First Regiment

Missouri State Militia Cavalry

Battle of Westport





Regimental Roster


Pleasonton commanding



Location: Jackson County

Campaign: Priceís Missouri Expedition (1864)

Date(s): October 22-23, 1864

Principal Commanders: Maj. Gen. Samuel R. Curtis [US]; Maj. Gen. Sterling Price [CS]  Maj. Gen. James G. Blunt and Maj. Gen. Alfred Pleasonton [US]; Brig. Gen. Joseph Shelby and Brig. Gen. John S. Marmaduke [CS]

Forces Engaged: Army of the Border [US]; Army of Missouri [CS]  1st Division, Army of the Border and provisional cavalry division [US]; Shelby and Marmadukeís Divisions [CS]

Estimated Casualties: 3,000 total (US 1,500; CS 1,500)

Description: Maj. Gen. Sterling Priceís Missouri Expedition had changed course from St. Louis and Jefferson City to Kansas City and Fort Leavenworth. As his army neared Kansas City, Maj. Gen. Samuel R. Curtisís Army of the Border blocked its way west, while Maj. Gen. Alfred Pleasontonís provisional cavalry division was closing on their rear. Price decided that he needed to deal with the two Union forces and decided to attack them one at a time. With Pleasonton still behind him, Price chose to strike Curtis at Westport first. Curtis had established strong defensive lines and during a four-hour battle, the Confederates hurled themselves at the Union forces but to no avail. The Rebels could not break the Union lines and retreated south. Westport was the decisive battle of Priceís Missouri Expedition, and from this point on, the Rebels were in retreat.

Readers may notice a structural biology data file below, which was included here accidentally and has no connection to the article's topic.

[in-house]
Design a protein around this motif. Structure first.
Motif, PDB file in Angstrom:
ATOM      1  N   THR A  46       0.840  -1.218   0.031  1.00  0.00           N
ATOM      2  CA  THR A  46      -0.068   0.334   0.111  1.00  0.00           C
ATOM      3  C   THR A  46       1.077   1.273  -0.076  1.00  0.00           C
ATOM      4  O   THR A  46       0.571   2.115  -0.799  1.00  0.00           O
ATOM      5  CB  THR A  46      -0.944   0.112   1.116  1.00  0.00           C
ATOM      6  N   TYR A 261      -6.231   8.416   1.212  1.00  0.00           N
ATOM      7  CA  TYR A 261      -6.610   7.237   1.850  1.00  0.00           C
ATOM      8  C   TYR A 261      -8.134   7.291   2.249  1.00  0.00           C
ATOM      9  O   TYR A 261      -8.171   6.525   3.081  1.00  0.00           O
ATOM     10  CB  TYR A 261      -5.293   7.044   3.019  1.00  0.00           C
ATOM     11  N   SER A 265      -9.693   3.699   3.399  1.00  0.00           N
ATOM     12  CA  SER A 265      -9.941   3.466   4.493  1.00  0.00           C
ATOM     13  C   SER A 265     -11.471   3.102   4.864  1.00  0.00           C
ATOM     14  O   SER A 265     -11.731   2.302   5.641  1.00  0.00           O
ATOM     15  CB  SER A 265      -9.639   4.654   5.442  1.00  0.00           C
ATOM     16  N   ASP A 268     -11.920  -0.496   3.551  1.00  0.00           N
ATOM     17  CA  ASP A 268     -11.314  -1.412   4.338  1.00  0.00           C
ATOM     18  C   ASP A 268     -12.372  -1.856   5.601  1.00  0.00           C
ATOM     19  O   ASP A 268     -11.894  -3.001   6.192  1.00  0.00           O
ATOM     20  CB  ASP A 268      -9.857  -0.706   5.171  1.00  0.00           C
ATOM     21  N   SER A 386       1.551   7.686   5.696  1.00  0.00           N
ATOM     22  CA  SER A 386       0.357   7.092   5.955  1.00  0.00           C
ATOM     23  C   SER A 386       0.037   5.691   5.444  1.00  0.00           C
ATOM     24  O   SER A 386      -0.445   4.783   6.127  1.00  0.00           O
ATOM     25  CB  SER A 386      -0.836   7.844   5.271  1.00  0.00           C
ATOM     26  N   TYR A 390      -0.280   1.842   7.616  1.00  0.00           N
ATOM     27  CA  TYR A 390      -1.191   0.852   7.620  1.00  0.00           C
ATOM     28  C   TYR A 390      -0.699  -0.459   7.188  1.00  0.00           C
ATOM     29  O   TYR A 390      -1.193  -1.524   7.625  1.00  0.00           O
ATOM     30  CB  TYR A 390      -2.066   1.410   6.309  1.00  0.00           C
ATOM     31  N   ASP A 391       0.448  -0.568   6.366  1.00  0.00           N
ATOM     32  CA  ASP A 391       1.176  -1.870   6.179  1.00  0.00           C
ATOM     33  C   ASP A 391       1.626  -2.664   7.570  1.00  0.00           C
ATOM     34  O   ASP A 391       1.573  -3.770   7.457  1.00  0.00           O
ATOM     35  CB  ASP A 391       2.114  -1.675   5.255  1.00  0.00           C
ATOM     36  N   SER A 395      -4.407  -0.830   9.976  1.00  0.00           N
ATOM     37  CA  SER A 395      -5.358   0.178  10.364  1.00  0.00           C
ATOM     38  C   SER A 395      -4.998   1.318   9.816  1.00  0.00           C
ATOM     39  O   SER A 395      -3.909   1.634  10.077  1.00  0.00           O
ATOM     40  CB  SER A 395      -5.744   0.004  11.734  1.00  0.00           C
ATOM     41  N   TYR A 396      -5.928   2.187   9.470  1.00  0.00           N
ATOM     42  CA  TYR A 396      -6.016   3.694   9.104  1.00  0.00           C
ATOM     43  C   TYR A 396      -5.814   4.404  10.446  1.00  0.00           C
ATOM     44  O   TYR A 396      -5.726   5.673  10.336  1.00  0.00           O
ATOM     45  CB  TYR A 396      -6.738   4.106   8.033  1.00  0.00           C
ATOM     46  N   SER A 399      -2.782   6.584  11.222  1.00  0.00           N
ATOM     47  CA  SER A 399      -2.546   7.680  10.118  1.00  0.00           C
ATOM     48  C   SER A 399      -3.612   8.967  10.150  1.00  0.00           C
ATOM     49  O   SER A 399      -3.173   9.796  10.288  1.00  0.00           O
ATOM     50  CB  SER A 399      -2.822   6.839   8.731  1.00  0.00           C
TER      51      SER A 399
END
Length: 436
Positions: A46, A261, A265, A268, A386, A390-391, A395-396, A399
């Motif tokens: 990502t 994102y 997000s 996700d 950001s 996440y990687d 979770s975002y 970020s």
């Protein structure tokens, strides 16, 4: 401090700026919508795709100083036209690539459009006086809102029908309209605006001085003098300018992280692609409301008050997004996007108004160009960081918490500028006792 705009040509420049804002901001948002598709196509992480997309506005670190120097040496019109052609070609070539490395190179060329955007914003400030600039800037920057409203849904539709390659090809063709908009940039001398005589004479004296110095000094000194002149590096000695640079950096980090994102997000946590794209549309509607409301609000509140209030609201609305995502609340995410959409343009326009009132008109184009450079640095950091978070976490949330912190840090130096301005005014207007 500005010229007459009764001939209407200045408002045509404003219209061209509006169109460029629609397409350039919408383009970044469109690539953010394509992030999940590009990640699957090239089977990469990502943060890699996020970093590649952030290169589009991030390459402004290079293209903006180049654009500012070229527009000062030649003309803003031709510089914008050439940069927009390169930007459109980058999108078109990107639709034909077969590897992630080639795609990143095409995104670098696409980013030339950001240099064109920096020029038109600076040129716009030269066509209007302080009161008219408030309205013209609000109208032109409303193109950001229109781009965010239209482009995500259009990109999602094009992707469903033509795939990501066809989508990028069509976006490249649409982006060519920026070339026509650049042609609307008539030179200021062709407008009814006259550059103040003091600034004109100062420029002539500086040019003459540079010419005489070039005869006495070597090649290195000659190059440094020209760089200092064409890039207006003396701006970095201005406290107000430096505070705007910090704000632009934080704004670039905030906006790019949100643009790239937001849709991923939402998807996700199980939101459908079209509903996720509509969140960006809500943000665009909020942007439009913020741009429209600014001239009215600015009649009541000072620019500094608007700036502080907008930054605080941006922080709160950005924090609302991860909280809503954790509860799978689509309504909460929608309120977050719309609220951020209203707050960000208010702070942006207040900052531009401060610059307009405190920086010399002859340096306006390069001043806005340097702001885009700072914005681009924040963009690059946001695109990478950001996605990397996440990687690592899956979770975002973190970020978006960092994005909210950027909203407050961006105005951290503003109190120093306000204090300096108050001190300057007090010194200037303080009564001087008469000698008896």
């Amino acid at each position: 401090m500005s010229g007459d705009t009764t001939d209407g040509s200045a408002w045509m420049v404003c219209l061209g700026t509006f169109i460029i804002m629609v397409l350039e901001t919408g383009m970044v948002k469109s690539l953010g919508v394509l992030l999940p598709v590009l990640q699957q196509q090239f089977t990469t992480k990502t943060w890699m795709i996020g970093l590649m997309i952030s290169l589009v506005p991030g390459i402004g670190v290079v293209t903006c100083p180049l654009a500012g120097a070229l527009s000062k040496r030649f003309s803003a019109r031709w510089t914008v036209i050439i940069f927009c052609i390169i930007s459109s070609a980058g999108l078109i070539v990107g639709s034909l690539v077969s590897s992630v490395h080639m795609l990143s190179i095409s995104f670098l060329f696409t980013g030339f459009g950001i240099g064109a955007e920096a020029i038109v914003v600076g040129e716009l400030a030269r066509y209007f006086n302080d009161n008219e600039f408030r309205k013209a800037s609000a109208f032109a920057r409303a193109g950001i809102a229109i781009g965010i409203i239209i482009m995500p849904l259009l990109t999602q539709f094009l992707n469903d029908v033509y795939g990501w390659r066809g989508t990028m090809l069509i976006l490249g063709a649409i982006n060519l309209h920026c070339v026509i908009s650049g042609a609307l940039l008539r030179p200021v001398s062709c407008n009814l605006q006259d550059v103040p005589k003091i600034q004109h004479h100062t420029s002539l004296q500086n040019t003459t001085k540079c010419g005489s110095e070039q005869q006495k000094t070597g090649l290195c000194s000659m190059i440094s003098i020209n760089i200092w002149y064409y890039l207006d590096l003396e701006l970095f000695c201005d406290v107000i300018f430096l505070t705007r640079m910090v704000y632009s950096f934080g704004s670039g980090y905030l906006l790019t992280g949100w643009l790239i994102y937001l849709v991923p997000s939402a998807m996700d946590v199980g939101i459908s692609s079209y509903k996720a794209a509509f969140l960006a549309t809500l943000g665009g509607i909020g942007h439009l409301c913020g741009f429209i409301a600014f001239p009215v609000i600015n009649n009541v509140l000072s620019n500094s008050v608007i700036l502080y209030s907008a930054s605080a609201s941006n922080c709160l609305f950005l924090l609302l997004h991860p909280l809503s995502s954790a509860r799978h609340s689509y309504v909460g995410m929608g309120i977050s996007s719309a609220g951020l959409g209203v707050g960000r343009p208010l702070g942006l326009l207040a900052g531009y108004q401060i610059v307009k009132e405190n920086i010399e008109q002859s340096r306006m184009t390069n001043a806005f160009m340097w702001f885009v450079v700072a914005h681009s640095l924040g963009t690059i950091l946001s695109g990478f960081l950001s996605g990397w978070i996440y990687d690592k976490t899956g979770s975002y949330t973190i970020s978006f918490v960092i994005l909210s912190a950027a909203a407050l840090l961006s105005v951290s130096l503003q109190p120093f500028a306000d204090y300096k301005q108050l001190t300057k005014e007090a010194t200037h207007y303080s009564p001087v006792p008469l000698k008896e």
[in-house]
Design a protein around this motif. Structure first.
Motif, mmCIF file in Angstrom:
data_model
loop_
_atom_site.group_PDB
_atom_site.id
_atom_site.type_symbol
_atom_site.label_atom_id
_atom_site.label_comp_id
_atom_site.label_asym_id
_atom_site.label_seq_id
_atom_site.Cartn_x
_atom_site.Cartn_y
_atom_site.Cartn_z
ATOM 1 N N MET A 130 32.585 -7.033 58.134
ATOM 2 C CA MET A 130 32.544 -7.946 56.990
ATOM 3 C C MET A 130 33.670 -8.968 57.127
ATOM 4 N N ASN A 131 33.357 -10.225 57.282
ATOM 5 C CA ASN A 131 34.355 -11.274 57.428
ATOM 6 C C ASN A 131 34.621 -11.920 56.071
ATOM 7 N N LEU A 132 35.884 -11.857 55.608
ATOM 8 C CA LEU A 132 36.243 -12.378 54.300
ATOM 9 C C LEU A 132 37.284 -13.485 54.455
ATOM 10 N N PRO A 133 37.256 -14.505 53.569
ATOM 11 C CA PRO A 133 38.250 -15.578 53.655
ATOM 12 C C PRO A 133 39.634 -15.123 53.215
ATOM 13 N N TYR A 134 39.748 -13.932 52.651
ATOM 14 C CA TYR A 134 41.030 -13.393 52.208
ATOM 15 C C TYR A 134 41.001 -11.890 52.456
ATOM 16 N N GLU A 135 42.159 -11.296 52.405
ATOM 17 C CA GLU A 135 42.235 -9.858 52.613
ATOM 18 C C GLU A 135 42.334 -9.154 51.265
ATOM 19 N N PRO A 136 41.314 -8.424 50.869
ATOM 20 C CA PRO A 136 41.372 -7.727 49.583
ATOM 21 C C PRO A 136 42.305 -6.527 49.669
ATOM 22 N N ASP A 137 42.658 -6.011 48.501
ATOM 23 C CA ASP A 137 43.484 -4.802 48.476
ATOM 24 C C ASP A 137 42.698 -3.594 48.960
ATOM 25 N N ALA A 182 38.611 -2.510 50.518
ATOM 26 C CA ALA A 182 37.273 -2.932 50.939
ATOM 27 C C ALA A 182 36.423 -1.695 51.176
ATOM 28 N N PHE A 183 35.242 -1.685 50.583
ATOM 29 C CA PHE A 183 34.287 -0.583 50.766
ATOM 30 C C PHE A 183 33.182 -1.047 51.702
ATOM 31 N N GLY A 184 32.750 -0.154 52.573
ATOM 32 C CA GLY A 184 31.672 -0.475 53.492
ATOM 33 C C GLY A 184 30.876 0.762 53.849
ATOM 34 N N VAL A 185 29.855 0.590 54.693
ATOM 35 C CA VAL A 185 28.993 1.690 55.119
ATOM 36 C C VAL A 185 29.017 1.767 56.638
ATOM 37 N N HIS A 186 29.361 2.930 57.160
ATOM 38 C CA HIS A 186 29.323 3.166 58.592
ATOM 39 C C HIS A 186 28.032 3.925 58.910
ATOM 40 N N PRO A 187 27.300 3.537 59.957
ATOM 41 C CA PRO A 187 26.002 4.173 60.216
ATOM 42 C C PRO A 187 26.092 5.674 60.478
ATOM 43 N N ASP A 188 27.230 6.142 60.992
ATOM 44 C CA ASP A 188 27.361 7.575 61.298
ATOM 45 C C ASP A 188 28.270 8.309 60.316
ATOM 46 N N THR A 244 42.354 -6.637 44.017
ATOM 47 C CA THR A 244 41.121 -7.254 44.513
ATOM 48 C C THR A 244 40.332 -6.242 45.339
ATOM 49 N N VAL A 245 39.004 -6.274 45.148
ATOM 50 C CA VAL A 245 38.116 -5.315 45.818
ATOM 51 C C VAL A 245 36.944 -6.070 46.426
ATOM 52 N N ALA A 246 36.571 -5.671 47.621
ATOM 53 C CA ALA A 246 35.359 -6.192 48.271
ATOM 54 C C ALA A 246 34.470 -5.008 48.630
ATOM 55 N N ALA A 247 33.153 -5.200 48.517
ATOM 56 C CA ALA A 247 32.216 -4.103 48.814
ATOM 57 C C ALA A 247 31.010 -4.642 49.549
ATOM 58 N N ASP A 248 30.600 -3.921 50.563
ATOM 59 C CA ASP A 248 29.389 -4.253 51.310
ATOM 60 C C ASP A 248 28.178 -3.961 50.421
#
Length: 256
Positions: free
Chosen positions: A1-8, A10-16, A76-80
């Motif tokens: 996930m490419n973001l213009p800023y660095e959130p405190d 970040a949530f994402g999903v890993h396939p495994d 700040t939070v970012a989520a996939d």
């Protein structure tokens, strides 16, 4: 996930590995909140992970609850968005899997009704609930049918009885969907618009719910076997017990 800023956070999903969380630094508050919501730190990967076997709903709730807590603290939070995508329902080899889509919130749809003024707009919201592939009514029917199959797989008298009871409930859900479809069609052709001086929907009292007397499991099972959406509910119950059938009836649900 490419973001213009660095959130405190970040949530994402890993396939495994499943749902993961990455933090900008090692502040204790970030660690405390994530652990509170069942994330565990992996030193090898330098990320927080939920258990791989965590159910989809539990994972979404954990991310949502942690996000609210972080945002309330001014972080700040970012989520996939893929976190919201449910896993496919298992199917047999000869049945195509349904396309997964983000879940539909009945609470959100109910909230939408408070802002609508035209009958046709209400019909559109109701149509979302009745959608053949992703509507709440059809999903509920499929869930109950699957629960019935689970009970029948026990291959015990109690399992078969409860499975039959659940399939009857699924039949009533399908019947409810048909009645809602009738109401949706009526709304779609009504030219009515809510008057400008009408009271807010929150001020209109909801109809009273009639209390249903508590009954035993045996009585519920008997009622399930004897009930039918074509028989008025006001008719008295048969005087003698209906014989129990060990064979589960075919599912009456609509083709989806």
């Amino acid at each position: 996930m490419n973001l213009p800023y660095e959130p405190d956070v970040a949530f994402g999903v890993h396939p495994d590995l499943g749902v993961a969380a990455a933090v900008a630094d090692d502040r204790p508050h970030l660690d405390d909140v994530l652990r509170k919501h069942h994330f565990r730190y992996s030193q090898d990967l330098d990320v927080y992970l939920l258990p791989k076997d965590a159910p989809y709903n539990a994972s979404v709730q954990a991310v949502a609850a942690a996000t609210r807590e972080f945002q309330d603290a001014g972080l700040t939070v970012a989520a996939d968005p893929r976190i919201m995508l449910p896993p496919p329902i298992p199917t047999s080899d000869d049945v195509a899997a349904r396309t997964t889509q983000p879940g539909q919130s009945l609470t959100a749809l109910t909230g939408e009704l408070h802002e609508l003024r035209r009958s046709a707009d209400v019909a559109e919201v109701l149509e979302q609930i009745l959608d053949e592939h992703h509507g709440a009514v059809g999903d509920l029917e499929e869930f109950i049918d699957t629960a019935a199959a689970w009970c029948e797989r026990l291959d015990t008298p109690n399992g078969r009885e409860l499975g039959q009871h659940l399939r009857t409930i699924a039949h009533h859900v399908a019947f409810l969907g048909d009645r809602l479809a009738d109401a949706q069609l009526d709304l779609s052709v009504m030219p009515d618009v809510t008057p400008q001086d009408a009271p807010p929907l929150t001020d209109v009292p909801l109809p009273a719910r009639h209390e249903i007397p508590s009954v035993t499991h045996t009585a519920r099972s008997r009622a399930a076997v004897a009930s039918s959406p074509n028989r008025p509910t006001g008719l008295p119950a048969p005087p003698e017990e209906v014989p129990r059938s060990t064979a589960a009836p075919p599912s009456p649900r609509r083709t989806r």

Price had nearly 500 wagons with him and required a good ford over the Big Blue River to facilitate the passage of his supplies. Byramís Ford was the best ford in the area and became a strategic point during the fighting around Westport. On October 22, Maj. Gen. James G. Bluntís division held a defensive position on the Big Blue Riverís west bank. Around 10:00 am on the 22nd, part of Brig. Gen. Joseph O. Shelbyís Confederate division conducted a frontal attack on Bluntís men. This attack was a ruse because the rest of Shelbyís men flanked Bluntís hasty defenses, forcing the Federals to retire to Westport. Priceís wagon train and about 5,000 head of cattle then crossed the Big Blue River at Byramís Ford and headed southward toward Little Santa Fe and safety. Pleasontonís cavalry was hot on the tail of Priceís army. Brig. Gen. John S. Marmadukeís Rebel division held the west bank of the Big Blue at Byramís Ford to prevent Pleasonton from attacking Priceís rear. Pleasonton assaulted Marmaduke at Byramís Ford, around 8:00 am, on the 23rd. Three hours later, Marmadukeís men had enough and fell back toward Westport. With Pleasonton across the river, he was now an additional threat to Price who was fighting Curtisís Army of the Border at Westport. Price had to retreat south.

Result(s): Union victory

"The Battle of Westport was the largest battle fought west of the Mississippi River. It was nicknamed the "Gettysburg of the West" and "Missouri's Gettysburg". Like Gettysburg, the Battle of Westport was a failed Confederate attempt to sever Union territory at the point of attack. This battle was the last big battle in this state and ended the Civil War in Missouri."

Quotation from: Josephy, Alvin M The Civil War in the American West.  (New York: Alfred A. Knopf 1991 pp. 383-4).

Source Heritage Preservation Services, National Park Service: http://www2.cr.nps.gov/abpp/battles/mo026.htm  

Map Source: http://www.mid-mo.net/dpara/civilwar/battles/byram.htm



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